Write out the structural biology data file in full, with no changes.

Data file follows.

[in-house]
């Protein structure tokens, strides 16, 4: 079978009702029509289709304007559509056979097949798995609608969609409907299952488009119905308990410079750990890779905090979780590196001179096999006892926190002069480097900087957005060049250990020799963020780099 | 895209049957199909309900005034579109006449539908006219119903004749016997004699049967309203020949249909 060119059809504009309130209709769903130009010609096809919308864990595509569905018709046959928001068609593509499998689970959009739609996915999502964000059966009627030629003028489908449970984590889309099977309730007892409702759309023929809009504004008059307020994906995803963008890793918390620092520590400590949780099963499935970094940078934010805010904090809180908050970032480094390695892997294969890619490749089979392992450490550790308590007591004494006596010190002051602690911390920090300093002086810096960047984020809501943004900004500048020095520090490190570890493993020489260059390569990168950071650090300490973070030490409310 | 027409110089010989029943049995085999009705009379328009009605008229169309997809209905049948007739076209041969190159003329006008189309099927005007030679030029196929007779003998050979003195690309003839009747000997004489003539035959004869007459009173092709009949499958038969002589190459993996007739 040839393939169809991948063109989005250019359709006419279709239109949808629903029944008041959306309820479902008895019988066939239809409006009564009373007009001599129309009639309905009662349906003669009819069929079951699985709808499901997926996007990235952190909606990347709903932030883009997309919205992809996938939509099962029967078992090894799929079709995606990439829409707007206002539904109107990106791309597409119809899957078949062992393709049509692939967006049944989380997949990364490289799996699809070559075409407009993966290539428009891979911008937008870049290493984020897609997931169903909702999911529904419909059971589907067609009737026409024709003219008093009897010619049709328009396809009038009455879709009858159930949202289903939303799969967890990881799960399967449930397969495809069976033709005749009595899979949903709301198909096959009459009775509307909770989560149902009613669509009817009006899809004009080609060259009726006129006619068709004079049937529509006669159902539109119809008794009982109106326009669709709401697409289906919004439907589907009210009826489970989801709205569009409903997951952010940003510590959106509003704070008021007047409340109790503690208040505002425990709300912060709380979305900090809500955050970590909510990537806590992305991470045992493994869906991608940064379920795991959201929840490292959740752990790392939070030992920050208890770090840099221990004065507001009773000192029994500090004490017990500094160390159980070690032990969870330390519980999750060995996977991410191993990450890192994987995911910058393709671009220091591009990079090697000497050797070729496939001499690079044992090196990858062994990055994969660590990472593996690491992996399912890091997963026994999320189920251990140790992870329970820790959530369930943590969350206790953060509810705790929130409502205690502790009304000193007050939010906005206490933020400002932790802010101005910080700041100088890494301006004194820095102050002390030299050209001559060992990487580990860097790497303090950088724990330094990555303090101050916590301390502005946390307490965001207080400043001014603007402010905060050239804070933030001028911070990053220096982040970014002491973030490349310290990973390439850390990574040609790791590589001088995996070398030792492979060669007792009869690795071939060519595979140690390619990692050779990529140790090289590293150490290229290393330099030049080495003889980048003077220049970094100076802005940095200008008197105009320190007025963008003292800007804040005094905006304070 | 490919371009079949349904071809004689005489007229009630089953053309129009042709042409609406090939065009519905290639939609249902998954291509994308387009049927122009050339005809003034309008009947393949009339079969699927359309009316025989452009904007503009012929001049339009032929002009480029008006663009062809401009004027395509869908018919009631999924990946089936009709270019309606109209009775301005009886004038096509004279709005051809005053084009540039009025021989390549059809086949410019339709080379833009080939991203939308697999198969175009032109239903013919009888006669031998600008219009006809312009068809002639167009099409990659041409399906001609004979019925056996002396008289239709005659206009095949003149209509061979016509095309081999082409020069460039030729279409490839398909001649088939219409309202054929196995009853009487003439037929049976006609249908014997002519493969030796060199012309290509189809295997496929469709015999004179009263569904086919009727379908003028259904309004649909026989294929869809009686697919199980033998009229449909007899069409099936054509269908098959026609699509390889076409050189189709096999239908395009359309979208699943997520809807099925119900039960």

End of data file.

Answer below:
[in-house]
């Protein structure tokens, strides 16, 4: 079978009702029509289709304007559509056979097949798995609608969609409907299952488009119905308990410079750990890779905090979780590196001179096999006892926190002069480097900087957005060049250990020799963020780099 | 895209049957199909309900005034579109006449539908006219119903004749016997004699049967309203020949249909 060119059809504009309130209709769903130009010609096809919308864990595509569905018709046959928001068609593509499998689970959009739609996915999502964000059966009627030629003028489908449970984590889309099977309730007892409702759309023929809009504004008059307020994906995803963008890793918390620092520590400590949780099963499935970094940078934010805010904090809180908050970032480094390695892997294969890619490749089979392992450490550790308590007591004494006596010190002051602690911390920090300093002086810096960047984020809501943004900004500048020095520090490190570890493993020489260059390569990168950071650090300490973070030490409310 | 027409110089010989029943049995085999009705009379328009009605008229169309997809209905049948007739076209041969190159003329006008189309099927005007030679030029196929007779003998050979003195690309003839009747000997004489003539035959004869007459009173092709009949499958038969002589190459993996007739 040839393939169809991948063109989005250019359709006419279709239109949808629903029944008041959306309820479902008895019988066939239809409006009564009373007009001599129309009639309905009662349906003669009819069929079951699985709808499901997926996007990235952190909606990347709903932030883009997309919205992809996938939509099962029967078992090894799929079709995606990439829409707007206002539904109107990106791309597409119809899957078949062992393709049509692939967006049944989380997949990364490289799996699809070559075409407009993966290539428009891979911008937008870049290493984020897609997931169903909702999911529904419909059971589907067609009737026409024709003219008093009897010619049709328009396809009038009455879709009858159930949202289903939303799969967890990881799960399967449930397969495809069976033709005749009595899979949903709301198909096959009459009775509307909770989560149902009613669509009817009006899809004009080609060259009726006129006619068709004079049937529509006669159902539109119809008794009982109106326009669709709401697409289906919004439907589907009210009826489970989801709205569009409903997951952010940003510590959106509003704070008021007047409340109790503690208040505002425990709300912060709380979305900090809500955050970590909510990537806590992305991470045992493994869906991608940064379920795991959201929840490292959740752990790392939070030992920050208890770090840099221990004065507001009773000192029994500090004490017990500094160390159980070690032990969870330390519980999750060995996977991410191993990450890192994987995911910058393709671009220091591009990079090697000497050797070729496939001499690079044992090196990858062994990055994969660590990472593996690491992996399912890091997963026994999320189920251990140790992870329970820790959530369930943590969350206790953060509810705790929130409502205690502790009304000193007050939010906005206490933020400002932790802010101005910080700041100088890494301006004194820095102050002390030299050209001559060992990487580990860097790497303090950088724990330094990555303090101050916590301390502005946390307490965001207080400043001014603007402010905060050239804070933030001028911070990053220096982040970014002491973030490349310290990973390439850390990574040609790791590589001088995996070398030792492979060669007792009869690795071939060519595979140690390619990692050779990529140790090289590293150490290229290393330099030049080495003889980048003077220049970094100076802005940095200008008197105009320190007025963008003292800007804040005094905006304070 | 490919371009079949349904071809004689005489007229009630089953053309129009042709042409609406090939065009519905290639939609249902998954291509994308387009049927122009050339005809003034309008009947393949009339079969699927359309009316025989452009904007503009012929001049339009032929002009480029008006663009062809401009004027395509869908018919009631999924990946089936009709270019309606109209009775301005009886004038096509004279709005051809005053084009540039009025021989390549059809086949410019339709080379833009080939991203939308697999198969175009032109239903013919009888006669031998600008219009006809312009068809002639167009099409990659041409399906001609004979019925056996002396008289239709005659206009095949003149209509061979016509095309081999082409020069460039030729279409490839398909001649088939219409309202054929196995009853009487003439037929049976006609249908014997002519493969030796060199012309290509189809295997496929469709015999004179009263569904086919009727379908003028259904309004649909026989294929869809009686697919199980033998009229449909007899069409099936054509269908098959026609699509390889076409050189189709096999239908395009359309979208699943997520809807099925119900039960």